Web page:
Damian Tysdal is the founder of CoverTrip, and is a licensed agent for travel insurance (MA 1883287). He believes travel insurance should be easier to understand, and started the first travel insurance blog in 2006.Hurricanes can strike the US coastline anywhere from Texas all the way north to Maine. The typical hurricane is about 300 miles wide, but they can vary in size considerably. The eye of the hurricane is relatively calm and is typically 20-40 miles across.

How hurricanes form is well know thanks to research. Hurricanes form over tropical ocean water in areas of high humidity, light wind, and warm surface temperatures on the sea. In fact, hurricanes rely on the temperature of the sea surface to be just right (the perfect temperature is around 26 degrees Celsius/78 degrees Fahrenheit).
The Atlantic Coast, the Gulf of Mexico, and the Hawaiian islands are the most vulnerable to hurricanes. The top 10 most hurricane-prone cities in the US are the following:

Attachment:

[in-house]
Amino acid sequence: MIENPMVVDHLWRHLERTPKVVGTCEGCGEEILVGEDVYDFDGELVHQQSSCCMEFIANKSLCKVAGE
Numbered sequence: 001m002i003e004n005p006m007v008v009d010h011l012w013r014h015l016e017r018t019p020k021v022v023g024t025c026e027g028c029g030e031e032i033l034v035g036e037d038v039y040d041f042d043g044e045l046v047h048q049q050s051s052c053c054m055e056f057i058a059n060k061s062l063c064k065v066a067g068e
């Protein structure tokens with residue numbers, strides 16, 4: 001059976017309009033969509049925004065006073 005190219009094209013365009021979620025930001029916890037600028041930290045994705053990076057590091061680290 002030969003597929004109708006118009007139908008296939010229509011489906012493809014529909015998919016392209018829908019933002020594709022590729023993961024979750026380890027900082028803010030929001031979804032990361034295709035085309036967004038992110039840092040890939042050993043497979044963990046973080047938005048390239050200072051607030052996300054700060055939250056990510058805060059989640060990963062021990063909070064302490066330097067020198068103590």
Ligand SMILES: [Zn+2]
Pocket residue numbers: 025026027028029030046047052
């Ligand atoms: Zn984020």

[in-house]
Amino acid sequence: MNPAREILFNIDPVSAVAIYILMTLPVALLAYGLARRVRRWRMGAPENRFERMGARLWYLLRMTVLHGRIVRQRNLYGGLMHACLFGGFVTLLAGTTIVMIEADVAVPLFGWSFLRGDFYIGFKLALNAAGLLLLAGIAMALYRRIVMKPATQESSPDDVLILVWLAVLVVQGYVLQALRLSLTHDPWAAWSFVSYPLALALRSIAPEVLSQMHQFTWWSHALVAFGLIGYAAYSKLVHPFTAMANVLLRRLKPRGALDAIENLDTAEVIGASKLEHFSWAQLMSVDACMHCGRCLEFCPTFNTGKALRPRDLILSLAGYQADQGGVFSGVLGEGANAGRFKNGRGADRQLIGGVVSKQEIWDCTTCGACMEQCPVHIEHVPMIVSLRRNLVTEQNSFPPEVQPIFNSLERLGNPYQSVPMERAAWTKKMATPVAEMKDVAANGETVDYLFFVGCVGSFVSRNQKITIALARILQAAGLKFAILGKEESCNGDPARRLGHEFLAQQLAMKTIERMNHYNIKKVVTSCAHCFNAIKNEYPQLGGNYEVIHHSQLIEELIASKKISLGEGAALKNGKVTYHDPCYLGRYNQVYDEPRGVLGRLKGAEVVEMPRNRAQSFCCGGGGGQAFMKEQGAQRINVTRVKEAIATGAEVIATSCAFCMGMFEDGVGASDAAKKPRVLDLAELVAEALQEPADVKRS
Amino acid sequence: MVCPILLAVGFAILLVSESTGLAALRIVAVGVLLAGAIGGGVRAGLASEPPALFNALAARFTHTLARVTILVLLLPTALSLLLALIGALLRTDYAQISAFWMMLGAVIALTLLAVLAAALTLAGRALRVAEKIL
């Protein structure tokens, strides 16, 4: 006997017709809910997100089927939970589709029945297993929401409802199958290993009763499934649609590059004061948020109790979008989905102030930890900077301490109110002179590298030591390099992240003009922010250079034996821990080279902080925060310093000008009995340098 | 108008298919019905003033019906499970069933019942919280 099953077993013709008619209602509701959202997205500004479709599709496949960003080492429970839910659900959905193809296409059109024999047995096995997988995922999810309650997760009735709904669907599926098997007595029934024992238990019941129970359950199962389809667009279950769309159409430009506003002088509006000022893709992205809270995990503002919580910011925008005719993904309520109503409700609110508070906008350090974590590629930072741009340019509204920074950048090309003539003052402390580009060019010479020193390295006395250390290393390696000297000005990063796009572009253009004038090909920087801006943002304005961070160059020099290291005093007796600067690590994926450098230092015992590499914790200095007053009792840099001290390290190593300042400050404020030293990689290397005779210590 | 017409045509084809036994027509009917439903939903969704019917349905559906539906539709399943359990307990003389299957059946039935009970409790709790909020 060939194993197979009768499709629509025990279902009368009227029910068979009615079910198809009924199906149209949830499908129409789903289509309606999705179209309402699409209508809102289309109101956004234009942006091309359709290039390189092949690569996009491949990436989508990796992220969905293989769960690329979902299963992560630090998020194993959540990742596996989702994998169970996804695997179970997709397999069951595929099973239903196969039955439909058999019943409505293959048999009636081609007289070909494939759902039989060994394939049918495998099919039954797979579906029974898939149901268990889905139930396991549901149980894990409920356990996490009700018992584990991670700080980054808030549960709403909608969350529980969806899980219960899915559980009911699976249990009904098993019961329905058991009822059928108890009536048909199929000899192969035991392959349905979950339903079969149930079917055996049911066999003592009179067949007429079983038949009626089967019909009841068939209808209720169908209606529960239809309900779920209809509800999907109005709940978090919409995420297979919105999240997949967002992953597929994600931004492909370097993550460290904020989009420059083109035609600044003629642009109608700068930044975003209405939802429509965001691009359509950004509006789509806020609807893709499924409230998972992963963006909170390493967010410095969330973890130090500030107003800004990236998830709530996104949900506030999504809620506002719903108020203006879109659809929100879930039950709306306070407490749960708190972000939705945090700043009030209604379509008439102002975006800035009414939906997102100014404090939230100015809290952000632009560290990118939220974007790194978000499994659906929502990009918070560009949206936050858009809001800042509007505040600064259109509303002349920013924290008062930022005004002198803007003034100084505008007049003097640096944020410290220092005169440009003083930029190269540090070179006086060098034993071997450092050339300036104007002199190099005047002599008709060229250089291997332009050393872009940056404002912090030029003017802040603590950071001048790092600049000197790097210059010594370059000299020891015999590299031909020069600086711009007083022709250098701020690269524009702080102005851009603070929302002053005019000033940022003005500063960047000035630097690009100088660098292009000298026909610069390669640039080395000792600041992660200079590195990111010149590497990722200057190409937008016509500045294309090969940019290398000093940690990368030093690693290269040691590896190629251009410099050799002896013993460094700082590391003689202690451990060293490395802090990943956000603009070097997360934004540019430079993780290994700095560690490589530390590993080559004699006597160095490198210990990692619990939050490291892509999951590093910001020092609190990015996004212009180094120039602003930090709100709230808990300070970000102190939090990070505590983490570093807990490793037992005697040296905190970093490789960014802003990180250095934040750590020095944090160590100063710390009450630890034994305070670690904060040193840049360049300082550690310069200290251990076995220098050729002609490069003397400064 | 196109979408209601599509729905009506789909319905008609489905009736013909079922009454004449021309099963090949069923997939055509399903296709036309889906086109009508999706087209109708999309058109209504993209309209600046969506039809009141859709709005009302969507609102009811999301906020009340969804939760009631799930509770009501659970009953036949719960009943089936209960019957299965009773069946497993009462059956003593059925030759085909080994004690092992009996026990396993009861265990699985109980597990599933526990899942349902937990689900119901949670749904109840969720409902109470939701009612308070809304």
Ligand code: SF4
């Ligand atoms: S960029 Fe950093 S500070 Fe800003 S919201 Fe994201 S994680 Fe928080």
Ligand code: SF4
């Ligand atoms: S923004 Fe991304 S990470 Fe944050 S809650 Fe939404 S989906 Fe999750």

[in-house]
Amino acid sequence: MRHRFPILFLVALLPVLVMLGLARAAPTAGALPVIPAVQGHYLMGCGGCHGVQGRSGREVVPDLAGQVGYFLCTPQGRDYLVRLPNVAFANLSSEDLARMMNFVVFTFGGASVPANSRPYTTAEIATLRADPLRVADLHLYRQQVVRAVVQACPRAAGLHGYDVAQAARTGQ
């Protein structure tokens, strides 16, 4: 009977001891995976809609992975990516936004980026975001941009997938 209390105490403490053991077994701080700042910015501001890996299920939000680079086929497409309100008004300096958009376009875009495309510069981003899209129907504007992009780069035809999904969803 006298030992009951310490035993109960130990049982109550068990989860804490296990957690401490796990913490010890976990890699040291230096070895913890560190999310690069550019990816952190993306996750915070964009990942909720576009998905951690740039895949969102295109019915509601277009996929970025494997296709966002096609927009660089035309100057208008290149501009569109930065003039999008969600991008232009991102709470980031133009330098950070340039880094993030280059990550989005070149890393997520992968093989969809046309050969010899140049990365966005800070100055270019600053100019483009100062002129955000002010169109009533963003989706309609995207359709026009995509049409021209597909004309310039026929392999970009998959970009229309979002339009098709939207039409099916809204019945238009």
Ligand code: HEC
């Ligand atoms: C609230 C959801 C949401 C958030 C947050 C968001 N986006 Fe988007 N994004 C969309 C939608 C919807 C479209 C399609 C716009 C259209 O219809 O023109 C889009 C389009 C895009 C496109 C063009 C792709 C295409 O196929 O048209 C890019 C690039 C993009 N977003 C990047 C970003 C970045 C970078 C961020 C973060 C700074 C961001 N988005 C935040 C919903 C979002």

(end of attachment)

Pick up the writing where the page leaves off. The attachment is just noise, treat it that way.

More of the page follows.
What part of Florida has the worst hurricanes?
1) Miami, FL: Each year, the city of Miami runs a 16% chance that it will be hit by a large hurricane. With the Atlantic Ocean located directly to its east and a maximum elevation of only 42 feet above sea-level, the geographic location of the city of Miami opens it up to severe weather damage.
Despite the devastation caused by hurricanes in recent years, the Atlantic hurricane zone lures travelers with low airfares and cheap hotel rates. The US hurricane zone includes popular travel areas like the Caribbean, the Gulf of Mexico, and the beaches along the Atlantic Coast during summer and fall.Australia, New Zealand and Hawaii also get their share of tropical cyclones each year. The southern hemisphere’s seasons are the opposite of those in the northern, of course, and their hurricane season peaks in March and April.

Why is Amelia Island famous?
Amelia Island, Known as the “Isle of Eight Flags,” is Renowned for its Pristine Beaches and Clean Water, Natural Wildlife as well as World-Class Resort Hotels, Spas, Golf Courses and Restaurants.
This was long believed to be a photograph of the surf during Hurricane Dora. An article published by the Fernandina Observer makes a very convincing argument otherwise. The photo is a compositie. Please see the attached article.